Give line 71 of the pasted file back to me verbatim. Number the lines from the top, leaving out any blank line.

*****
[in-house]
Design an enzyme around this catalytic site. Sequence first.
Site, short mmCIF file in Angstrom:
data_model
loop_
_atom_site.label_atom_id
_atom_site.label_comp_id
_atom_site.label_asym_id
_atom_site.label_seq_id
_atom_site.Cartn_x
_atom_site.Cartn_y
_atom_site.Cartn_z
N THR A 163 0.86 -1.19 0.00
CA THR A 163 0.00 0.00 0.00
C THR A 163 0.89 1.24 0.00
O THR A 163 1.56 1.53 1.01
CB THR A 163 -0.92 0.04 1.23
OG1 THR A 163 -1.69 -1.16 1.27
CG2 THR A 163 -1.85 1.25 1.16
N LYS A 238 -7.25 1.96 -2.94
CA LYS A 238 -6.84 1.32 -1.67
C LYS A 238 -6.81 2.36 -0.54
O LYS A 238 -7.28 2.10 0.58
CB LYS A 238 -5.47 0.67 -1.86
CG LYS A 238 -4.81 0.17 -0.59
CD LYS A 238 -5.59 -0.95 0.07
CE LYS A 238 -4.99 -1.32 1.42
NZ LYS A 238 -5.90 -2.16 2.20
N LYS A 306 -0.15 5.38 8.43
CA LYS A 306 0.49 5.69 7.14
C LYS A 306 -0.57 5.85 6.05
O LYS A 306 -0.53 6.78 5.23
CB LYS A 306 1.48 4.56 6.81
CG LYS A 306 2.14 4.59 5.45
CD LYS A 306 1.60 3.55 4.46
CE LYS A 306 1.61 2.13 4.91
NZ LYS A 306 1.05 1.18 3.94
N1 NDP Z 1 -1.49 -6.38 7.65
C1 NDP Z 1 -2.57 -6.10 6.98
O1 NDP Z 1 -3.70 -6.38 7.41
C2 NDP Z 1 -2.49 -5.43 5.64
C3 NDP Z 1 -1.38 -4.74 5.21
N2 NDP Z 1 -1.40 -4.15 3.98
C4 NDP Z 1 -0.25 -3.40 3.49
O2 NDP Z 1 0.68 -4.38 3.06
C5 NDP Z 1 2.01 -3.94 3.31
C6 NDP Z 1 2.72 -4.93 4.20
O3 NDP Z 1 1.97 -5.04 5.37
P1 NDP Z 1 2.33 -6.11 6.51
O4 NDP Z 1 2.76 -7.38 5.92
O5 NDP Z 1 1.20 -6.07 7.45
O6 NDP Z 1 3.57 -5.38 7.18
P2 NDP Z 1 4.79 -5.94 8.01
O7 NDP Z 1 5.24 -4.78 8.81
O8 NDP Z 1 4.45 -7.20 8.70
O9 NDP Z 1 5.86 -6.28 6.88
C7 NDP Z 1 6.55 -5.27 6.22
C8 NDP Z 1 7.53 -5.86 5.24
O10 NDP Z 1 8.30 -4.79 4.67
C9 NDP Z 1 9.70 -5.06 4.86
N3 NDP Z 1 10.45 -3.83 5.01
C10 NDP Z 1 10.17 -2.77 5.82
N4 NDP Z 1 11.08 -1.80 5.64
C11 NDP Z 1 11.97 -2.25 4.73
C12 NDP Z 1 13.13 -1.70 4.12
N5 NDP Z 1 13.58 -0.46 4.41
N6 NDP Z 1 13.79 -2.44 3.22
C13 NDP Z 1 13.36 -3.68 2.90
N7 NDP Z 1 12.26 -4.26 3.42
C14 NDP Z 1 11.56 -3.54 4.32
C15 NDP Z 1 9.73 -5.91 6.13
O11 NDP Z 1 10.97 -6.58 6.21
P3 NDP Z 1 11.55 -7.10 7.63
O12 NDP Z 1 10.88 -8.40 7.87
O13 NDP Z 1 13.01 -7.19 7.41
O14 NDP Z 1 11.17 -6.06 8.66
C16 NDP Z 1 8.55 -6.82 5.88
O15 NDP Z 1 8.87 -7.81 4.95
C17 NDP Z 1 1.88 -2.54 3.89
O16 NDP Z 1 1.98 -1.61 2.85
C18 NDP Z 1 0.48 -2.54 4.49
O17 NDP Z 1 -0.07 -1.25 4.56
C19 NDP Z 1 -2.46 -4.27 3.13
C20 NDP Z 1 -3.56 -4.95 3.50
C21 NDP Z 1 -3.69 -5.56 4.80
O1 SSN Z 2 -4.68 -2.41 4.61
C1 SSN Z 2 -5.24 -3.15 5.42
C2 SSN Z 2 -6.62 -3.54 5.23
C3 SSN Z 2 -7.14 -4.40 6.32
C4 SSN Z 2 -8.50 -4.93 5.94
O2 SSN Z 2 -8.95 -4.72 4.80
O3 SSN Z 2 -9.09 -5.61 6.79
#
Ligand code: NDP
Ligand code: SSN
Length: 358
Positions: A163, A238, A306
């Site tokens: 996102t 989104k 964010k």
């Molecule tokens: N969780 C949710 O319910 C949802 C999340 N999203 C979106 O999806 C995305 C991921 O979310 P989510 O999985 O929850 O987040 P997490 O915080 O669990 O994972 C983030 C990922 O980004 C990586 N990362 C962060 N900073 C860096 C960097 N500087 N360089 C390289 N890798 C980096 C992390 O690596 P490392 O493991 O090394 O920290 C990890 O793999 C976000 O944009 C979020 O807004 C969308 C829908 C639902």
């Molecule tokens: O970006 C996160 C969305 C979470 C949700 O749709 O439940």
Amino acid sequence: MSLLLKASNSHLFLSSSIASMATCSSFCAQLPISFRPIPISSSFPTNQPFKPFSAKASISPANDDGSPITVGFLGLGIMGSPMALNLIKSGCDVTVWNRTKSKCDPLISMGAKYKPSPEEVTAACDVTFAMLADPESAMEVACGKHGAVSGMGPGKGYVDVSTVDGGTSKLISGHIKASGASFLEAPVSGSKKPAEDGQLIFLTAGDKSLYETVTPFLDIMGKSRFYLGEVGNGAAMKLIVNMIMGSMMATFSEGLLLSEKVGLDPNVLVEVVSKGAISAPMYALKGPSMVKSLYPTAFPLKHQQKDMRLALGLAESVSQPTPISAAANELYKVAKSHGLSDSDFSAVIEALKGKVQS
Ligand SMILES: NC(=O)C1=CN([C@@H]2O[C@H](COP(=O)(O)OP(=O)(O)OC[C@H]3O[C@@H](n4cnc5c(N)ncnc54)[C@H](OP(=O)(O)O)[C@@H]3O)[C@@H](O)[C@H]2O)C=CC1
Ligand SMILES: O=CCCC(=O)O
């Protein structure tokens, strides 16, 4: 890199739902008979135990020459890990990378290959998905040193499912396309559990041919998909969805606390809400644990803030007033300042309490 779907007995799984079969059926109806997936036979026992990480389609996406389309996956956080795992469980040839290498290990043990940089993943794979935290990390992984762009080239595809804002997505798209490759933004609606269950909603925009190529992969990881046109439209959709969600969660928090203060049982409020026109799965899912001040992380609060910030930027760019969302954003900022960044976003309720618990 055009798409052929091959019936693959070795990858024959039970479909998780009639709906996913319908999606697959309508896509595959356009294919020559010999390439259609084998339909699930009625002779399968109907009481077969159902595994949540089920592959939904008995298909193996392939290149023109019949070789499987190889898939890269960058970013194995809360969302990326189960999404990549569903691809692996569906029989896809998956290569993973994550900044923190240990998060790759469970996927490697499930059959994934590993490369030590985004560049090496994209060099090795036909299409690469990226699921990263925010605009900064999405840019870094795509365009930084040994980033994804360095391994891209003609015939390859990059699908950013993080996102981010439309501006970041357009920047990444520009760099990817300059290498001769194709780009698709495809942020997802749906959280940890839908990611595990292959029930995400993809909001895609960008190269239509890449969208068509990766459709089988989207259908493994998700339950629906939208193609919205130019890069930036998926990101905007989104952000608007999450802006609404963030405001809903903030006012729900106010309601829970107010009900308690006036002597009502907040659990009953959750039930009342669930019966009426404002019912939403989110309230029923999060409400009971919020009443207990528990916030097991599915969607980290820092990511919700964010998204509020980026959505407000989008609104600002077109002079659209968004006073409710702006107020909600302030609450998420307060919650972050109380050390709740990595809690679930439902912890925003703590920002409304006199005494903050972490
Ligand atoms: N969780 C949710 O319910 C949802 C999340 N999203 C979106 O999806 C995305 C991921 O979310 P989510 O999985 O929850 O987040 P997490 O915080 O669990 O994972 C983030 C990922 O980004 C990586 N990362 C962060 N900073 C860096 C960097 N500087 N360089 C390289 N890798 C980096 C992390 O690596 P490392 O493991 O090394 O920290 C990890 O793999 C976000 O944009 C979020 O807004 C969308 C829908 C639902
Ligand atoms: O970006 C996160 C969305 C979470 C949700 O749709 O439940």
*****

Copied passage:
C15 NDP Z 1 9.73 -5.91 6.13